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Cuchulainn
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American options -- Reference prices

January 27th, 2016, 6:37 pm

What about?CASE D (BTW A to C were from the spursfan)S = K = 100T = 1r = 0.01q = 0.02sig = 0.01CASE ES = K = 100T = 1r = 0.01q = 0.01sig = 0.01All in favour?
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Alan
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American options -- Reference prices

January 27th, 2016, 11:45 pm

QuoteOriginally posted by: CuchulainnWhat about?CASE D (BTW A to C were from the spursfan)S = K = 100T = 1r = 0.01q = 0.02sig = 0.01CASE ES = K = 100T = 1r = 0.01q = 0.01sig = 0.01All in favour?Those are good. My answer: Case D: 1.0671904578521593019042848, where I expect all 26 digits are good. Timing is less than 1/1000 of a second for `almost' unlimited digits.For example:Timing[N[pbs[100,100,1/100,2/100,1/100,1],100]]{0.,1.067190457852159301904284849092240828401660777025395245899802301901728023665508859046891074937644206} New break-through in American-style pricing?No -- if you think about it, Case D should be the same as the Euro-style value up to a correction of [$]O(10^{-1000})[$]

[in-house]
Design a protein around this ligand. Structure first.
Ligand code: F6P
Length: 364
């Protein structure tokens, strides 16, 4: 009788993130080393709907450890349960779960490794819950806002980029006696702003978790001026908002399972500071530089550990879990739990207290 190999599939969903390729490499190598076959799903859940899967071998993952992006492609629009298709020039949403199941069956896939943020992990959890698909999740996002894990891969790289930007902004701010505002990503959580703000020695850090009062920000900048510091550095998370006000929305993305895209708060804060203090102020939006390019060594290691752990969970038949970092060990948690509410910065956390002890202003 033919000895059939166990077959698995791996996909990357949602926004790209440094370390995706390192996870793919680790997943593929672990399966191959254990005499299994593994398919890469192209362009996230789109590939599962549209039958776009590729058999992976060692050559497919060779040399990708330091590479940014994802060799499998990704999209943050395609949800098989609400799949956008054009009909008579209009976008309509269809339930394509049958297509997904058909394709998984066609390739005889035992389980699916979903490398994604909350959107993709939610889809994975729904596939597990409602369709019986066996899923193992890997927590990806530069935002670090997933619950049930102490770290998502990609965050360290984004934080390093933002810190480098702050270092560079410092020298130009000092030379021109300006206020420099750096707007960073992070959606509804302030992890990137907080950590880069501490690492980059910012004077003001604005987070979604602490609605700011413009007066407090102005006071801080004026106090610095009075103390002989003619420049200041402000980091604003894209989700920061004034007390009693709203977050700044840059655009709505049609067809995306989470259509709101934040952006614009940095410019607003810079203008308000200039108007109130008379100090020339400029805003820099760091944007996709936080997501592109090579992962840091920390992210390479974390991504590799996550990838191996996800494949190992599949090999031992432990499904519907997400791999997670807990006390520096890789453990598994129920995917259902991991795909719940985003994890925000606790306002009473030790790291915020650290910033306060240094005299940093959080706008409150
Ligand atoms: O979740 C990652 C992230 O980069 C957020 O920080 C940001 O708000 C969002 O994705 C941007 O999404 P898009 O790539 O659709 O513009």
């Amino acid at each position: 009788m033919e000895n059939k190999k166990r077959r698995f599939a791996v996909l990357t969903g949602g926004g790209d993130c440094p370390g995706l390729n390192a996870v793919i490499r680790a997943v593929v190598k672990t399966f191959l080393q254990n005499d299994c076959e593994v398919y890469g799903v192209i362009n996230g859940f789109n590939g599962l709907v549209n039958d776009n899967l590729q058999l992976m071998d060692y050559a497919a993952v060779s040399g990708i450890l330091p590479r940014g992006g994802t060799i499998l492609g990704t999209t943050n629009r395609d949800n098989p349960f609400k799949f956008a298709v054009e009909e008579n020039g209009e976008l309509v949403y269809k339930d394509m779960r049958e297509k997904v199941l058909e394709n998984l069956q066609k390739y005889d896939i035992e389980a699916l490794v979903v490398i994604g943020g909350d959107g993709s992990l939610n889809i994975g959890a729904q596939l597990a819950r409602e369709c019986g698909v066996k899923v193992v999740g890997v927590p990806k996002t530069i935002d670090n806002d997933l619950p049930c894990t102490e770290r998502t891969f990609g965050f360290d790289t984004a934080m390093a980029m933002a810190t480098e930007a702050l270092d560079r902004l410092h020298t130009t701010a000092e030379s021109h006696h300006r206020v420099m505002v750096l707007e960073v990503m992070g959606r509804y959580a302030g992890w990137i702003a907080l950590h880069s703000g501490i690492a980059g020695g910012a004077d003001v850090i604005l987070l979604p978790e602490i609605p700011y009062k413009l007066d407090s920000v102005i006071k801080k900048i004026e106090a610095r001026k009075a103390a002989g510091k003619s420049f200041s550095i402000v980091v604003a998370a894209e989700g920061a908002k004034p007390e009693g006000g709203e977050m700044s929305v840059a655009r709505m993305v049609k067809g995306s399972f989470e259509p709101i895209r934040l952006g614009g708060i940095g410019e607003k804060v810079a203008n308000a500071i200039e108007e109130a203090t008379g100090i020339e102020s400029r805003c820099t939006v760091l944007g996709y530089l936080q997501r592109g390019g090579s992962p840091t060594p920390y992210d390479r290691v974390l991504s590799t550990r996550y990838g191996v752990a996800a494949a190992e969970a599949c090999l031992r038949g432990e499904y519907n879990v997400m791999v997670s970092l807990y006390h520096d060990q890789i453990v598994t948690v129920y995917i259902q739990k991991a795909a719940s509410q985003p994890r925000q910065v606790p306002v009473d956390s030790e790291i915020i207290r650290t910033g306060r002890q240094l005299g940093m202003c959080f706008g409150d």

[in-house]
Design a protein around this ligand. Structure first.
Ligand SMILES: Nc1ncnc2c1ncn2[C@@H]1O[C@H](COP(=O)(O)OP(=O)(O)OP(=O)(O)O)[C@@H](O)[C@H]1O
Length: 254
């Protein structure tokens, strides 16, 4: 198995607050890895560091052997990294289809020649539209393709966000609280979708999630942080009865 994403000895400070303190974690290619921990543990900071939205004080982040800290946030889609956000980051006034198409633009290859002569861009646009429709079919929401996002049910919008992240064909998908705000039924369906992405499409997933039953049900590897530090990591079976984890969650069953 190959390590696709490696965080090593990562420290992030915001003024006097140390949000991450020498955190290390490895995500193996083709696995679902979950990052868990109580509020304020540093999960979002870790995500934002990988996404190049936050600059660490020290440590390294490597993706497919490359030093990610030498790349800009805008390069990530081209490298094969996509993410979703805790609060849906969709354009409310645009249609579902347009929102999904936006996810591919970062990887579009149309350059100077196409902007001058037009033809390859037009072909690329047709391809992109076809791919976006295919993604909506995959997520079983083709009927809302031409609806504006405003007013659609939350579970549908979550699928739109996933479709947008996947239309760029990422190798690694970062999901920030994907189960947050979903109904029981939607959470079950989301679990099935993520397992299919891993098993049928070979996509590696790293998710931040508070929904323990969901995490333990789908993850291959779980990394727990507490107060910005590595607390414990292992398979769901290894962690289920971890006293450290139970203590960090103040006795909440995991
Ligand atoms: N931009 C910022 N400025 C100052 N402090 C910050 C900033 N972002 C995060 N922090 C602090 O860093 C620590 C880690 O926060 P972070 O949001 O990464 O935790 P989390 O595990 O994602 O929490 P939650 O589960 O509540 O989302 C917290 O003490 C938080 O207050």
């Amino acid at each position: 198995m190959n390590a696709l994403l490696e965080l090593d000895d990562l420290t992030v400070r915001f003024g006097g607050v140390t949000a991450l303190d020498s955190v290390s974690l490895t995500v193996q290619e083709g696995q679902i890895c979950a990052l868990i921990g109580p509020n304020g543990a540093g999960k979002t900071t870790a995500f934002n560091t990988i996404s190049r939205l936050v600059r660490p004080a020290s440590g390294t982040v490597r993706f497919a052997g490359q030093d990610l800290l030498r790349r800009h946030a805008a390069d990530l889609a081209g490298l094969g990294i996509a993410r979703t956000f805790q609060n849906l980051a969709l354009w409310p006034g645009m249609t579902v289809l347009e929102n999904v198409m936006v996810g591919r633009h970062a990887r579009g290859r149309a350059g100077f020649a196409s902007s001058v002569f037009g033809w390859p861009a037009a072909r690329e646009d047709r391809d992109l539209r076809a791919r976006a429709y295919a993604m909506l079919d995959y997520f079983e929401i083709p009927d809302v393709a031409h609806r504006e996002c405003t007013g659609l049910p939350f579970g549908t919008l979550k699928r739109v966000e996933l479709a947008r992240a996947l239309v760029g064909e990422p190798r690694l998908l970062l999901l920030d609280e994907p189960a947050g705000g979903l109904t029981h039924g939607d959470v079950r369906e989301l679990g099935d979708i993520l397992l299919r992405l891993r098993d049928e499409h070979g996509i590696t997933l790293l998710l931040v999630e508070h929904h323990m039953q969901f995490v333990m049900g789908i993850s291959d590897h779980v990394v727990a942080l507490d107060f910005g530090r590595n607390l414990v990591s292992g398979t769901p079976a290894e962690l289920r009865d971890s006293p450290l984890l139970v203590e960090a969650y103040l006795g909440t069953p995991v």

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mj
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American options -- Reference prices

January 28th, 2016, 2:44 am

I'd like to see some benchmarks for S is 120,K is 100, r=0.08, the volatilityis 0.2, the dividend rate q is 0.08, and the expiry T is 3This was studied in Quantitative Finance, Vol. 12, No. 1, January 2012, 17?20On the analytical/numerical pricing of American putoptions against binomial tree pricesMARK JOSHI and MIKE STAUNTONand was the subject of a certain amount of dispute. The price obtained there was5.929805